Tag Archives: immigration

Parliamentary time used for something important

Although much of the time the two largest parties in Australia are depressingly indistinguishable, occasionally, on certain issues, a change in government really does make a difference.

A BILL to abolish detention debts for refugees are set to pass the Senate and the Coalition will splinter over its hardline position in the lower house.

Almost $9 million in debt will be lifted from as many as 474 refugees, who are charged for the cost of their own detention.

I have blogged before on the indefensible hounding of Mr Wililo. The policy to be overturned was a petty, spiteful act of vindictiveness by the former government, in which innocent people were charged ridiculous sums for their involuntary detention – despite the fact that it didn’t even make economic sense: it actually cost the government more than it recovered.

The legislation is set to pass the Senate today. The Greens have long called for such a bill. The ALP is finally supporting one. Even Fielding and Xenophon are on board. And more than a few Coalition members are going to vote for it.

It’s difficult to imagine a more thorough repudiation by the national parliament of Howard-era bastardry, and – in this week of distractions like TURIPS, it’s good to see our representatives actually doing something worthwhile with their time.

UPDATE: There’s a special place in hell waiting for Sharman Stone:

The Opposition’s immigration spokeswoman, Sharman Stone, says instead of abolishing debt collection the Government should find better ways of collecting the money.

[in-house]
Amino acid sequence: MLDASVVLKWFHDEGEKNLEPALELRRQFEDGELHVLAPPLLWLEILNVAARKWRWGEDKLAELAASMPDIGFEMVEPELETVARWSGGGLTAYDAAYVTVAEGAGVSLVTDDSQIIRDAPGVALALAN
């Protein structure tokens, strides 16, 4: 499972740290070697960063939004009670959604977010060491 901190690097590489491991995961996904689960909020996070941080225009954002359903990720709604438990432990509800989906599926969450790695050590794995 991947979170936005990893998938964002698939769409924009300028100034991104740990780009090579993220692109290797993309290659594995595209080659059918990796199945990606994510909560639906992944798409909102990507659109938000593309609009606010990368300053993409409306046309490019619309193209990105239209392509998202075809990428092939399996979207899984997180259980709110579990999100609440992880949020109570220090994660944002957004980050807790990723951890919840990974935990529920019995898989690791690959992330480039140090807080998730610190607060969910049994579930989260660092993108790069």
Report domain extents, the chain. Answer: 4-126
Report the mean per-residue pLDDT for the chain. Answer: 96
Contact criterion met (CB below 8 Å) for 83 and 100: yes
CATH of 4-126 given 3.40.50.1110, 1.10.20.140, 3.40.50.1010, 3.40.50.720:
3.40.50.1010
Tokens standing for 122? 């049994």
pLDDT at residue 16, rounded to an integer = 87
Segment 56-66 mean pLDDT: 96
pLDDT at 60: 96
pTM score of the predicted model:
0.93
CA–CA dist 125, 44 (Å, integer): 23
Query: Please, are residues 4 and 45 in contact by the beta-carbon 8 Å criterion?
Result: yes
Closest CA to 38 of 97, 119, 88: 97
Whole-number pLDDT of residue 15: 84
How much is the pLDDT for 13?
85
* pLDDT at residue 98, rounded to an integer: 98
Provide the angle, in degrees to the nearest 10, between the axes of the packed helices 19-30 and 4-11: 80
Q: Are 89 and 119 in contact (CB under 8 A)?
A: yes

“There is no doubt that announcing to the region that this Rudd Labor regime is abolishing the 17-year-old policy of recovering detention debt, there’s no doubt that would bring great joy to the people smugglers who are once again very active in our waters,” she said.

“Abolishing the detention debt principle is going to remove one more deterrent in the way of people smugglers, arguing now that Australia has a wide open back door.”

He raises a good point – isn’t it good to have Andrew Bolt out of the country when injustices are being righted? Andy would be busy convincing his sheep that the only way to keep our borders safe (he’d probably put it in terms of his newfound professed concern about the safety of people on boats) is to hound legitimate refugees with ridiculous bills until the day they die.

UPDATE: The bill on which the original policy was based was passed by the Keating government in 1992 – so there’s another lot who should be looking forward to a deserved bit of roasting when their time is up.

That’s some catch

On the one hand, we want to be seen as an open, sharing country. On the other – we don’t really want people coming here and abusing our hospitality by, you know, asking us to be hospitable.

Here’s my solution: we appease the bleeding hearts by opening our borders to ANY GENUINE REFUGEE. No quotas, no limits. As long as someone sits down before they come here and proves they’re a genuine refugee, they’re in.

Of course, they have to *be* a genuine refugee.

And if you’ve the time to break from fleeing oppression to sit in a cushy office on a comfortable chair out of the weather filling in forms – then how genuine can your quest for refuge be? If you were REALLY desperate, and had nowhere else to go, then you wouldn’t stop running until you got here. If you’ve found a country with functioning electricity and offices where you’re not in imminent danger of torture or violence, why can’t you stay there?

All we’re asking is that you take the time to fill in a form before you get here. Of course, if you’ve the time and ability to fill in the form, you can’t possibly, by definition, be a genuine refugee.